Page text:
May 15, 2019
Who doesn’t love a rack of ribs? Pork ribs are more common, but beef are also delicious—and so big, you only need one or two per person. The trick with ribs is cooking them so that the meat is so tender it almost falls off the bone, and while many pre-boil theirs, roasting them in the oven is the easiest, minimizes mess, and you don’t lose any flavour to the water they simmer in.
Whether you’re making pork or beef ribs, you can pre-roast them on a rimmed baking sheet (to catch the fat as it renders off) up to three days in advance, then finish them in the oven or on the grill. Line the sheet with foil to minimize clean-up, season the ribs with salt—and your choice of barbecue rub, if you like—and cover tightly with foil. (Don’t put any sweet sauces on now, as they will burn with too much time in the oven.) Roast at 300˚F for 2 1/2-4 hours (closer to 4, if they’re beef), and then finish them as you like—slathered with sauce and caramelized in a hotter oven or on the grill, or cool and refrigerate them until you’re ready for them. Bonus: you only season them with salt, you’ll be able to pour off the flavourful fat that accumulates in the pan and refrigerate it to use for roasted potatoes, or to start a soup or stew.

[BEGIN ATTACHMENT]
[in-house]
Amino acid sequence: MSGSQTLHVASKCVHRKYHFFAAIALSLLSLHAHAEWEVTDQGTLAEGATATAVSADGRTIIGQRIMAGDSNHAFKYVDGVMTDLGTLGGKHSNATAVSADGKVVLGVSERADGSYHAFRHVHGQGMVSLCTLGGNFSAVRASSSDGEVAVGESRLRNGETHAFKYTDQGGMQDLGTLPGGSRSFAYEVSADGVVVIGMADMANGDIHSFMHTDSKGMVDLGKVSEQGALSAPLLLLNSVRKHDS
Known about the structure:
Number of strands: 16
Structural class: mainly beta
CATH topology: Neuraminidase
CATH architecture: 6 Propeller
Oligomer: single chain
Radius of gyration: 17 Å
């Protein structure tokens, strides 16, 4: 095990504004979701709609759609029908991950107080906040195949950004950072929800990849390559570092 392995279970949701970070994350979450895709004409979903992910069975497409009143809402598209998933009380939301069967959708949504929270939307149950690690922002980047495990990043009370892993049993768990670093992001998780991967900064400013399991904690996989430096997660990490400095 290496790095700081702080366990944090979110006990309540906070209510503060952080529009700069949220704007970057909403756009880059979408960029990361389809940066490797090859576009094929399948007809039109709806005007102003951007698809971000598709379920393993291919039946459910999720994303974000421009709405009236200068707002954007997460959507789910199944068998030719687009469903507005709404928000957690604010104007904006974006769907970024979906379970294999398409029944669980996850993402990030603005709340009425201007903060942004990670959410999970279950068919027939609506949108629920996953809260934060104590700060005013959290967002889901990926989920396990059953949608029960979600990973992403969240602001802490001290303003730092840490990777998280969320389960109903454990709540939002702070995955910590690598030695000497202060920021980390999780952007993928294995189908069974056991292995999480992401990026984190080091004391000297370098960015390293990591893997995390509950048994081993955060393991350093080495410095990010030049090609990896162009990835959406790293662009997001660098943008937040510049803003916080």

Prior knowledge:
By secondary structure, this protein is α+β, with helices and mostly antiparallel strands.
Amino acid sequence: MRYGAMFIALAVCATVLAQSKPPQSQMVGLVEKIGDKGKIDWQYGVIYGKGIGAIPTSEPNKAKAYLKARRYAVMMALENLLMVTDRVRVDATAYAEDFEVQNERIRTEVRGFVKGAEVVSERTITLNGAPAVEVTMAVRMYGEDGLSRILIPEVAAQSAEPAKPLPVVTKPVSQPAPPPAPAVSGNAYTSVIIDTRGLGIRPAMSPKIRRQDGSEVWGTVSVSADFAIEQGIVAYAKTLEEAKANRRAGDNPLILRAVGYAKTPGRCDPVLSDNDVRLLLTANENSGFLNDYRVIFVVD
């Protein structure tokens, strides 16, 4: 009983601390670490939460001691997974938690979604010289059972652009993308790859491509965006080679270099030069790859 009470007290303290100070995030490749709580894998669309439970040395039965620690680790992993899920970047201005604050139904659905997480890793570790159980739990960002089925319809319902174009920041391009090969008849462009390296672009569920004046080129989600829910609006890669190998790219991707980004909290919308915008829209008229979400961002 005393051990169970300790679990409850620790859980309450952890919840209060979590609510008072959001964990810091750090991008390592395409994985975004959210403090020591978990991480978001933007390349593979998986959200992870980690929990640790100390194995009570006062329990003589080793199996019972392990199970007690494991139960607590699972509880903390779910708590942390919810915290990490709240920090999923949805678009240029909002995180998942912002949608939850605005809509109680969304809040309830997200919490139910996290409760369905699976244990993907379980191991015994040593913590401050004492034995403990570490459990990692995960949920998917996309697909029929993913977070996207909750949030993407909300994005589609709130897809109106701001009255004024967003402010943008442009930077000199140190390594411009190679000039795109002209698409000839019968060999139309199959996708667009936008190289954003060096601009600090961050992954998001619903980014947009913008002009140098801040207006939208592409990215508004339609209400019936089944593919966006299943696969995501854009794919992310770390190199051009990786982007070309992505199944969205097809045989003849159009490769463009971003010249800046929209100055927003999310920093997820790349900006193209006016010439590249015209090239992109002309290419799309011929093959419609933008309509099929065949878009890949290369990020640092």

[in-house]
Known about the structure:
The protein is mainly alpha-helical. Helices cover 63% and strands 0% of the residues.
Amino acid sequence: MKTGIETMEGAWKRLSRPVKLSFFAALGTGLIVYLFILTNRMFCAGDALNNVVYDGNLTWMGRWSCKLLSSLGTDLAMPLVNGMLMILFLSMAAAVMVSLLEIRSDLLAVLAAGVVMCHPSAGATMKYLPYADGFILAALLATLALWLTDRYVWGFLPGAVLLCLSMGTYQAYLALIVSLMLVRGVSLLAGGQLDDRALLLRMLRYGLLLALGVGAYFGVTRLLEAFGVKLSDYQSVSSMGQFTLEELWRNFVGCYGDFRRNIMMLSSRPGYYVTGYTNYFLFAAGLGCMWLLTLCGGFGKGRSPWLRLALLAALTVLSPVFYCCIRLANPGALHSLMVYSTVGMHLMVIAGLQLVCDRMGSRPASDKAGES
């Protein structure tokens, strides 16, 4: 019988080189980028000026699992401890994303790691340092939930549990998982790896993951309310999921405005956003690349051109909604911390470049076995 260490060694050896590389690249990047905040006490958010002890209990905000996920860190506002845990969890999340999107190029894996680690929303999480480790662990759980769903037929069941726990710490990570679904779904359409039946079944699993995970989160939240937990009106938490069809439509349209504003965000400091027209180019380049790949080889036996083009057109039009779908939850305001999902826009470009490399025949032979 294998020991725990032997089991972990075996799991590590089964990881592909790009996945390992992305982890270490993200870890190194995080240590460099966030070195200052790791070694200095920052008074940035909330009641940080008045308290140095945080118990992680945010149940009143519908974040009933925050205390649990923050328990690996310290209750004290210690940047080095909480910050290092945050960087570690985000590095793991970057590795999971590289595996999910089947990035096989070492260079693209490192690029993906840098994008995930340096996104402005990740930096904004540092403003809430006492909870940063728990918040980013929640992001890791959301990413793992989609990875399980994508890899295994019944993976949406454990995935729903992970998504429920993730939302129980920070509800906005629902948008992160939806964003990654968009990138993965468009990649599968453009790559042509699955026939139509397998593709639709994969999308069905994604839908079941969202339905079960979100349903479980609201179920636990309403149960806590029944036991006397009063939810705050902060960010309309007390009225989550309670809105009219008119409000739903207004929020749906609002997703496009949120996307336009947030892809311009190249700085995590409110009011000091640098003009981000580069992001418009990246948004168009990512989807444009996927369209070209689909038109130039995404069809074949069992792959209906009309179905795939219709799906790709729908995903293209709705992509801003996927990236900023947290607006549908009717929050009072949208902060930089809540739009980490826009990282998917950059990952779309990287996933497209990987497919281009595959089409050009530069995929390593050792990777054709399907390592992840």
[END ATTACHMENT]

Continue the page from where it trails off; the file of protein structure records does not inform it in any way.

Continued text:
Sticky Hoisin Pork Ribs
2 lb (1 kg) pork side or back ribs
1/2 cup hoisin sauce
2 Tbsp rice vinegar
1 Tbsp liquid honey
3-4 garlic cloves, minced
1 Tbsp grated fresh ginger
pinch hot chili flakes
toasted sesame seeds and/or chopped green onions, for garnish (optional)
Put the ribs on a rimmed baking sheet and cover tightly with foil; bake at 300°F for 2 1/2 hours, until very tender. (Ribs can be cooked up to this point and then wrapped in foil and refrigerated for up to 3 days.) Meanwhile, stir together the hoisin sauce, vinegar, honey, garlic, ginger and hot pepper flakes.
Remove the foil, turn the oven up to 425°F, brush the ribs with sauce and roast for another 20 minutes, until dark and sticky. (Alternatively, you could finish them on the grill over high heat for a few minutes.) Sprinkle with sesame seeds and green onions.
- Julie Van Rosendaal
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